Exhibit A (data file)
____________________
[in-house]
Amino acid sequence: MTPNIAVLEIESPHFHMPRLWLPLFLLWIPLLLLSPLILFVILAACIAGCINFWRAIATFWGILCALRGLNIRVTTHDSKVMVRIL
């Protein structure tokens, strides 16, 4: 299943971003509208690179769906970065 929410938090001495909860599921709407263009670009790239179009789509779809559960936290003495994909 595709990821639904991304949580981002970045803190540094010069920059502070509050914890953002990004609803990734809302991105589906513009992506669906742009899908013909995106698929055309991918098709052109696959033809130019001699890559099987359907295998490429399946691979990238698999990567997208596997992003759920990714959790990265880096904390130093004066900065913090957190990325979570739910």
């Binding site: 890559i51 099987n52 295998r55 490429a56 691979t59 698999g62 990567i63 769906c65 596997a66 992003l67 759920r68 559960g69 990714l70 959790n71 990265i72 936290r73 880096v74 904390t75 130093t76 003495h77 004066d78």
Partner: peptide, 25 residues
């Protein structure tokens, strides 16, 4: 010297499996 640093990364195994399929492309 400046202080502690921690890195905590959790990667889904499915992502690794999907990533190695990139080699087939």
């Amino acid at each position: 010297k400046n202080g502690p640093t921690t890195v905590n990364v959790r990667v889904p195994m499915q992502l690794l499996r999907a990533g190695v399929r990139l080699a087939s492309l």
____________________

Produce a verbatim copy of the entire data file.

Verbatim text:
[in-house]
Amino acid sequence: MTPNIAVLEIESPHFHMPRLWLPLFLLWIPLLLLSPLILFVILAACIAGCINFWRAIATFWGILCALRGLNIRVTTHDSKVMVRIL
């Protein structure tokens, strides 16, 4: 299943971003509208690179769906970065 929410938090001495909860599921709407263009670009790239179009789509779809559960936290003495994909 595709990821639904991304949580981002970045803190540094010069920059502070509050914890953002990004609803990734809302991105589906513009992506669906742009899908013909995106698929055309991918098709052109696959033809130019001699890559099987359907295998490429399946691979990238698999990567997208596997992003759920990714959790990265880096904390130093004066900065913090957190990325979570739910």
């Binding site: 890559i51 099987n52 295998r55 490429a56 691979t59 698999g62 990567i63 769906c65 596997a66 992003l67 759920r68 559960g69 990714l70 959790n71 990265i72 936290r73 880096v74 904390t75 130093t76 003495h77 004066d78």
Partner: peptide, 25 residues
């Protein structure tokens, strides 16, 4: 010297499996 640093990364195994399929492309 400046202080502690921690890195905590959790990667889904499915992502690794999907990533190695990139080699087939």
């Amino acid at each position: 010297k400046n202080g502690p640093t921690t890195v905590n990364v959790r990667v889904p195994m499915q992502l690794l499996r999907a990533g190695v399929r990139l080699a087939s492309l």